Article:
Don’t you love a good happy ending? Like in the movie, love had waited for him until he was ready to have it, and there is a significant spiritual perfection in this. I am a sucker for a good love story, and a great happy ending, so what!

Tomorrow, Bradford graduates. This was one I didn’t know would ever happen. Bradford is the guy who gave me the rain poncho I wrote about way back in June. His program has been tumultuous and extremely loud.

I say loud because he is never one who lacks something to say and he is constantly connected to the phone. Early in the program this seemed like an issue because it appeared that his life existed only off the ranch, and he made no attempt to stay connected here.

But, as he progressed, a funny thing happened. It began to appear that this was the best way to handle his program. His relationships began to improve with the people who would be his support once he left – his parents, his mentors, even his ex-wife. He also, with new sober eyes, realized that he was NOT in love with the woman he had been connected to since he was 16, for the past 20 years. He now realized the toxic relationship for what it was, and has found a new common ground with his ex wife – whereby the kids will be cared for, but they will lead different lives. Sobriety brings a lot of clarity – its sobering.

He is getting a gift vehicle. As I mentioned, there is a car awaiting every successful graduate and he is getting one. He told me that early this week, he went to get insurance for the car and gave the agent his driving history. The agent said, “Well, as long as what you told me is true, then, your insurance will be $285.”

And Bradford said that, for the first time in two decades, he was calm. There was no lie to uncover. There would be no disappointment, there would be no attempt to get out of there before the agent discovered the lie so he could take the proof of insurance to get the plates, only to know that, probably by the time the plates were screwed on his car, the insurance would be cancelled.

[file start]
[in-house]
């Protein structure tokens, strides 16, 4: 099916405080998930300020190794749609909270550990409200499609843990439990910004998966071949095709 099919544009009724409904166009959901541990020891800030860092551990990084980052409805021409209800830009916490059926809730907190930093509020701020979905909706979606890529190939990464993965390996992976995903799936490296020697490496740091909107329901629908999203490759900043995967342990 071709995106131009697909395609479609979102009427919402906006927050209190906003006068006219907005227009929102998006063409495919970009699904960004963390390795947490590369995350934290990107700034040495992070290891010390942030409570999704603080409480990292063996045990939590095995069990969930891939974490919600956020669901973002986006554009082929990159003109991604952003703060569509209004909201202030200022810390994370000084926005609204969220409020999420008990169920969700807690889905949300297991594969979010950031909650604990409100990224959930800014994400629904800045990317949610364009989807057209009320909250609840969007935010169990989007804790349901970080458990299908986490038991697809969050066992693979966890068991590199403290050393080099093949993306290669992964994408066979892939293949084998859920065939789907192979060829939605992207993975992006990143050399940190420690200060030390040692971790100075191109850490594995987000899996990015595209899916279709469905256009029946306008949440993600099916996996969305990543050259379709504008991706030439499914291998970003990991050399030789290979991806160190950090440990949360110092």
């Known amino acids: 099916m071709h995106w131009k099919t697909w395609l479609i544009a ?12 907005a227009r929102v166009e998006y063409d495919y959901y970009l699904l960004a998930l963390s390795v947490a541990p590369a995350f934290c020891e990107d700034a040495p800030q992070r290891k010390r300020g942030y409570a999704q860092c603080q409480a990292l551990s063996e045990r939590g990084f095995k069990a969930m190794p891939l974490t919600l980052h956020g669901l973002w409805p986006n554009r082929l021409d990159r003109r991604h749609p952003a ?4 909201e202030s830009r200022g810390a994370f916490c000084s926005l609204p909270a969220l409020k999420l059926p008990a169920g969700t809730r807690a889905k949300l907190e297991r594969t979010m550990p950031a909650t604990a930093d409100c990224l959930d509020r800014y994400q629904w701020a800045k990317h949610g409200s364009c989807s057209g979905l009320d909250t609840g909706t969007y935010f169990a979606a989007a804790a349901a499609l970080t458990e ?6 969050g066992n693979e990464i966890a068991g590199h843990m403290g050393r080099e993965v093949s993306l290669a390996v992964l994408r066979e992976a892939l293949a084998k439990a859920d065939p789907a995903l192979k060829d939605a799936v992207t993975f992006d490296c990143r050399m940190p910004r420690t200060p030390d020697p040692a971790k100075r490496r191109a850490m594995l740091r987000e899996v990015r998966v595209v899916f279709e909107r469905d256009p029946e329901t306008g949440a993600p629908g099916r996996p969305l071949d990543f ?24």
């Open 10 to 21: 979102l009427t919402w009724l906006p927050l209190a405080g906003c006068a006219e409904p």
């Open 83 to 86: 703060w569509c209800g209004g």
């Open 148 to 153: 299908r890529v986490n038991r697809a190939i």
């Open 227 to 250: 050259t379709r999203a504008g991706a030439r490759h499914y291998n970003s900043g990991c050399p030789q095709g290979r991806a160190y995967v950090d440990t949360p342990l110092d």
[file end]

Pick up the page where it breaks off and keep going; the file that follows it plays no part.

He told me this was an amazing feeling. The feeling of knowing that you are doing what you are supposed to do, and that life is unfolding how it is supposed to unfold. It seems like people who try to get away with something should feel a relief when they do, but, through sober eyes, we discover, deception, shame, lies, trickery – these things kill your soul a little bit until you have nothing, until you ARE nothing.

He leaves tomorrow with a new life, an education, two marathon medals, a fully insured car, a new relationship with God and his parents, and…. Something he’s not had in a long time, his dignity.

I am proud of these guys and I can’t wait to watch their lives unfold. The night I got to the City for my pass I had dinner with my parents. I had one of the most perfect dinners I have ever had. Just the three of us (you must understand, with 5 grandkids, and my siblings who are never far from home – a quiet night out, just my mom and dad is a rarity and a gift) –

At dinner, we began to speak about what I would do once I left the ranch. I began to unveil my plan which looked absolutely nothing like they expected. But I have given this a lot of thought. I think it’s great that my brother and sisters have decided to raise families and buy houses and go to karate practice and have swing sets and school plays and Chem-lawn accounts, but this is not for me.

You see, I have thought long and hard about this. I did not go through all this self discovery, all this examination of myself, this tear down – rebuild myself from the ground up, to have that life. I was lamenting a couple weeks ago about the purpose of this whole thing and here it is: My heart is finally free – free from addiction, free from sadness, free from the limits I placed because I was consumed by the joy of a bottle of gin. My heart is free and it is time to follow it.